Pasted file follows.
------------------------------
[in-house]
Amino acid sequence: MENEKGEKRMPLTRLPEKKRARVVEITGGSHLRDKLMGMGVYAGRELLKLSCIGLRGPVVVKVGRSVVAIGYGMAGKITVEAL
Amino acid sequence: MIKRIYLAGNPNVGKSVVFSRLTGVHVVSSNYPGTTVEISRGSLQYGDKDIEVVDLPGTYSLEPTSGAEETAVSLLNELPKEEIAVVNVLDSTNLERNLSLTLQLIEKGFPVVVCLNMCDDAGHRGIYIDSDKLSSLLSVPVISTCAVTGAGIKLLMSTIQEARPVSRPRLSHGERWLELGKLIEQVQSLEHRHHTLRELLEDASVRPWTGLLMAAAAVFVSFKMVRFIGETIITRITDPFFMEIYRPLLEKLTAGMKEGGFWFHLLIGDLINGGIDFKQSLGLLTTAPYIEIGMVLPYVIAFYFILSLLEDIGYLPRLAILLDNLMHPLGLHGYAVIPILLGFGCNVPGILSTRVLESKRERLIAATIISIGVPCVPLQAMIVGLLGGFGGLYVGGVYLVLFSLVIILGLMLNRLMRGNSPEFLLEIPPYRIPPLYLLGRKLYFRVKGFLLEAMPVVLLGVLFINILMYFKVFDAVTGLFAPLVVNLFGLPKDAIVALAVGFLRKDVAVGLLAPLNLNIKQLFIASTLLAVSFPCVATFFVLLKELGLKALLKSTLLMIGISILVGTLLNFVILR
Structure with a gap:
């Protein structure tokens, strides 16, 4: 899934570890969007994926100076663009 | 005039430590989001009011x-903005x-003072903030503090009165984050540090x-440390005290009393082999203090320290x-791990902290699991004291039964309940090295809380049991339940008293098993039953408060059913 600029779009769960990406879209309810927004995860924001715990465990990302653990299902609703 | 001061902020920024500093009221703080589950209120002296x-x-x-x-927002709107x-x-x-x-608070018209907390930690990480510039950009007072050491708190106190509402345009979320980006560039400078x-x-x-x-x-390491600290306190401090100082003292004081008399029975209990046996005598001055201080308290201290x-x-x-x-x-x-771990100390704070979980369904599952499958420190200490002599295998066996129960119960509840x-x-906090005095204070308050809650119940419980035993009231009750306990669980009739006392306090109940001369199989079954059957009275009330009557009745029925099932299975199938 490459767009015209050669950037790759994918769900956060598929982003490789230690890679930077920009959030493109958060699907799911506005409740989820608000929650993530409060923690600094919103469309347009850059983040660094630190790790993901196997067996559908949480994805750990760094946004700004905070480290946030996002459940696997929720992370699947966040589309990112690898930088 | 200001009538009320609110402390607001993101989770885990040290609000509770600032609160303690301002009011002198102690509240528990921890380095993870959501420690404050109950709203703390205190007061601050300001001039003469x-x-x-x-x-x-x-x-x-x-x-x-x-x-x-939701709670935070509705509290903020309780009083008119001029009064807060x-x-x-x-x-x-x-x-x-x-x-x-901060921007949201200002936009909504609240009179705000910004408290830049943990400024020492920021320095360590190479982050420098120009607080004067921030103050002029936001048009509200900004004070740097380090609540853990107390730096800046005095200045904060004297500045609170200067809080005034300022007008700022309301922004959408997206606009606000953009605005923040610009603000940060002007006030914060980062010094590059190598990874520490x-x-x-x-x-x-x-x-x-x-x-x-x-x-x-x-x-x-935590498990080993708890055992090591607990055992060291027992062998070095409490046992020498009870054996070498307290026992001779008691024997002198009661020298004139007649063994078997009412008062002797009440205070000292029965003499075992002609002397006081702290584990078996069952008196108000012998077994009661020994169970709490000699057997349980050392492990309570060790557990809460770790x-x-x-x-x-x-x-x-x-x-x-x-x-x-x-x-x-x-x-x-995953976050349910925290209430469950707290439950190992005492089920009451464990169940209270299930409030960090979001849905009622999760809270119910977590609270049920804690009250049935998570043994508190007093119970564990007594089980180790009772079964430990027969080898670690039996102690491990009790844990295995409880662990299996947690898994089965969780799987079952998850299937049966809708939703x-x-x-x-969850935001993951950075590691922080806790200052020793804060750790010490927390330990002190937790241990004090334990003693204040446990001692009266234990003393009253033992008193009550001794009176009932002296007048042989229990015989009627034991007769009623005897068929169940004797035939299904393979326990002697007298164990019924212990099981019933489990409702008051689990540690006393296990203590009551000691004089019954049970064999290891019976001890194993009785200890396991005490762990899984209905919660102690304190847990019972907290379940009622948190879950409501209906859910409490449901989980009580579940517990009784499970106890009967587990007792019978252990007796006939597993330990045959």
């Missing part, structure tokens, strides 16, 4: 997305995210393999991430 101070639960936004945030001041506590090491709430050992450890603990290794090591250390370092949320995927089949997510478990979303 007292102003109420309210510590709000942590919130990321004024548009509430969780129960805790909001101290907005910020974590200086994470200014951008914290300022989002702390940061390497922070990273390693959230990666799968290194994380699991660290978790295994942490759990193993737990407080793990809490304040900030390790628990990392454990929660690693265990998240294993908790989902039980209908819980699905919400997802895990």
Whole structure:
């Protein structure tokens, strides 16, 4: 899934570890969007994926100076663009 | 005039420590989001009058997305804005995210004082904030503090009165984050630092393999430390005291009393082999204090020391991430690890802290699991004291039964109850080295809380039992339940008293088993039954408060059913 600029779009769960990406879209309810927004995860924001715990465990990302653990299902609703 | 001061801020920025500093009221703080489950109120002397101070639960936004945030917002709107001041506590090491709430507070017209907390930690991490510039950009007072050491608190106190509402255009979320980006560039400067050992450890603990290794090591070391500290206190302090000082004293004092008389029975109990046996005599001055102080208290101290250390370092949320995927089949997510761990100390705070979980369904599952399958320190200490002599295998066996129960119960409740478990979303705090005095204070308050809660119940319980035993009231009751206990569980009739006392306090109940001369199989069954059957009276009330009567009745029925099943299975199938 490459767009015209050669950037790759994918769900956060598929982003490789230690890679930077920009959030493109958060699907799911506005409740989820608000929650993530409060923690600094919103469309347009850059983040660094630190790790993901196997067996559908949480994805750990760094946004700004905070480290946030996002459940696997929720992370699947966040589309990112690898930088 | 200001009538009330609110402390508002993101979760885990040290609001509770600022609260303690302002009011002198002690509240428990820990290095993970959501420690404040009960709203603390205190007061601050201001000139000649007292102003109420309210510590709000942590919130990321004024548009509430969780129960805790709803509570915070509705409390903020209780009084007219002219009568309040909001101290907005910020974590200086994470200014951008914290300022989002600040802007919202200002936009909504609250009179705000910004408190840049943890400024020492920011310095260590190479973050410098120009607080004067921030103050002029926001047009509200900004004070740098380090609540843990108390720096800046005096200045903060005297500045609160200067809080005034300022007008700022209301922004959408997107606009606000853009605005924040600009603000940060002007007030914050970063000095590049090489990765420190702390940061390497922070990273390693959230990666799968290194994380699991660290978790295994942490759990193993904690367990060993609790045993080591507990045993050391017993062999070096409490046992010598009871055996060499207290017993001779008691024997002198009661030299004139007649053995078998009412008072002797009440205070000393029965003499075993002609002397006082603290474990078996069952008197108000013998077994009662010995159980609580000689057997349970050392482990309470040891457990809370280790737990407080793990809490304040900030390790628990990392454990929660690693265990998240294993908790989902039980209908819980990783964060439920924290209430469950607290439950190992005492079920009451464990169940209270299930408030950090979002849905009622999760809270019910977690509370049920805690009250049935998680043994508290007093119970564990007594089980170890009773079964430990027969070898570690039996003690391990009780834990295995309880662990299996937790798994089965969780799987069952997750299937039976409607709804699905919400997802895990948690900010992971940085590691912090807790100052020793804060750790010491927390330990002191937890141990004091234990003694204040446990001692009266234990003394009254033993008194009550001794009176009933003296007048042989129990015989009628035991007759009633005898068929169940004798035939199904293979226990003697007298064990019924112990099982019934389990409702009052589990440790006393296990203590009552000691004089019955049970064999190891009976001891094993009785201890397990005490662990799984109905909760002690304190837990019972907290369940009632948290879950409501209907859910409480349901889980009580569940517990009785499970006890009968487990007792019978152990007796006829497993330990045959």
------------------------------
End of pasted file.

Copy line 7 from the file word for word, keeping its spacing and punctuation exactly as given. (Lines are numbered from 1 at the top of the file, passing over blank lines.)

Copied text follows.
Whole structure: